I've been reading a book that talks about how helpful it is to have an "enlightened witness" when you are talking out your traumas, rather than an objective, non-partial therapist. An enlightened witness can validate that you in fact did go through something horrible, that what happened to you was wrong. This is exactly what my therapist does for me - and what her therapist did for her - and that is what makes this time different from all the other therapy I've had. She's allowed me to be angry with my parents. She's never made excuses for them. And everyone else I've ever talked to about my childhood has always made excuses for my parents, which is so hurtful and invalidating. People who've done that probably think they are helping me forgive my parents but forgiveness is not a rational thing, I can't be talked into it, I don't think anyone can. When someone gives me an excuse, they're saying that it's acceptable that my parents neglected me. It's not. I don't care what the reasons are, it's never acceptable, it's never going to be right. It's not okay that I was brought to the point of suicide countless times because my mother had it rough for a few years. Again I'm rambling.

I know you aren't the one I have to convince of this, but right now you are the only one I'm brave enough to say this to. There is such a stigma around being angry with your parents. People get really defensive when you bring it up, even if you're just talking about your own situation and not theirs. I've (idiotically, in retrospect) had separate conversations with both R and her mother about my issues regarding my neglect and they both jumped down my throat, which makes me think that they are in denial about their own feelings. R refuses to lay any responsibility for her depression on her parents (even though it started when she was still living at home and they tried to ignore it - which brought her to do things like drink cleaning fluid), and her mother is probably repressing her own guilt about how she neglected to help R.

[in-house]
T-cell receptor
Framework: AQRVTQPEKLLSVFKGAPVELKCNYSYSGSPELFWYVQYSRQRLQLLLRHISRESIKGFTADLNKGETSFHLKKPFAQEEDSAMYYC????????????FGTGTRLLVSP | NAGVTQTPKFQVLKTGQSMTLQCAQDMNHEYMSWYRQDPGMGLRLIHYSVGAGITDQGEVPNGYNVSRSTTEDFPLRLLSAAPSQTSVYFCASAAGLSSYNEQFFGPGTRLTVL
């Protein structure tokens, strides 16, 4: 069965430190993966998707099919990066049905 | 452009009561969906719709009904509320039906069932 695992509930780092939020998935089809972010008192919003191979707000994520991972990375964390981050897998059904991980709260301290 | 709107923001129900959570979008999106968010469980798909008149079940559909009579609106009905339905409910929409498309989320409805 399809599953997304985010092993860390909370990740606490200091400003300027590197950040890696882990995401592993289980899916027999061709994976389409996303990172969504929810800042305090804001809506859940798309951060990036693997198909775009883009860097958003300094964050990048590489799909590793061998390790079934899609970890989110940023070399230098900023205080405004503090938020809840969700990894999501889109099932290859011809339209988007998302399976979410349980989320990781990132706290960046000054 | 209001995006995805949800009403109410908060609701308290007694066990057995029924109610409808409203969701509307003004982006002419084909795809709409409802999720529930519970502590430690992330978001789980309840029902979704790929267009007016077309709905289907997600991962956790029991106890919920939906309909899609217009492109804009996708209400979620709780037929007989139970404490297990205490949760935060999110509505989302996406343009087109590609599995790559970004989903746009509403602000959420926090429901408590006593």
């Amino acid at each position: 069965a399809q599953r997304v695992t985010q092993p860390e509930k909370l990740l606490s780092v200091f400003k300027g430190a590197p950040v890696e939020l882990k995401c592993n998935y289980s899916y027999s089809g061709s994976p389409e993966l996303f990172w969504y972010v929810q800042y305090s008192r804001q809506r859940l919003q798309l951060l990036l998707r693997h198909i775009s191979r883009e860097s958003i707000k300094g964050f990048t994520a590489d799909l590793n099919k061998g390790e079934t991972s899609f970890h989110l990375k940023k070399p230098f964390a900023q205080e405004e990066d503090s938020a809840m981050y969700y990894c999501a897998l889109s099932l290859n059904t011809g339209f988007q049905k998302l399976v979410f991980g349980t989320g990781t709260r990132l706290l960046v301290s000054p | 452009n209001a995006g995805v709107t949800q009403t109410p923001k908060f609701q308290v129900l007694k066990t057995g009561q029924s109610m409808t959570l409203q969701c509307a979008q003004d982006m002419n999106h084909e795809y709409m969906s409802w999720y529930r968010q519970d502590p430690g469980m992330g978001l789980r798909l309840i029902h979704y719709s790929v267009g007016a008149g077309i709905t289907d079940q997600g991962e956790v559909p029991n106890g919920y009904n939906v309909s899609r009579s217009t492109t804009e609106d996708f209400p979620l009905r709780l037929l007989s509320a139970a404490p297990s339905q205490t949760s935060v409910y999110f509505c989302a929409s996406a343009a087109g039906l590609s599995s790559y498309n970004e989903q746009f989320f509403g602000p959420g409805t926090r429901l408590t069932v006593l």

K, the more I grow emotionally and spiritually, the fewer people I can talk to! How can I talk to people about my truths when they are living in denial of their own? All I end up doing is dialoguing with their defense mechanisms. You know I do all this work to alleviate myself of the hang-ups I presume are keeping me from connecting with people, but now their hang-ups are getting in the way. I don't mean to sound superior, I'm just so frustrated. Sometimes it seems to me that "hang-ups" are the only thing connecting "regular" people, I mean, workaholics talk shop with other workaholics, crisis junkies talk crazy relationships with other crisis junkies...I somehow had hangups others couldn't relate to (or, that were by nature isolating), and I thought by getting over them I'd be able to connect with other people who didn't have my same hang ups. But now I am realizing everybody has them, and I can't relate with theirs. I am looking for people who are overcoming theirs, who are starting to see clearly, or at least trying, and I've found exceedingly few. Am I being too picky? No, no, I'm still indimidated by the people I most want to know. Perhaps that will change with more time and more work.


I sometimes write things that I don't really mean or believe. These are not to be taken literally, nor as definitive statements about me or my beliefs. Thoughts and emotions are transient, and I reserve the right to change my mind, generalize, exaggerate, give strong opinions, or write other possibly offensive statements. I don't lie, but I may say something that's not true to check whether I believe it or not, or to make a point. Call it creative license. This is my blog, and do have the right to say what I want. I'm using it in creatively therapeutic ways. Whatever the reader may think of me and my words, please believe that my core intentions are always good and I never willingly hurt anyone.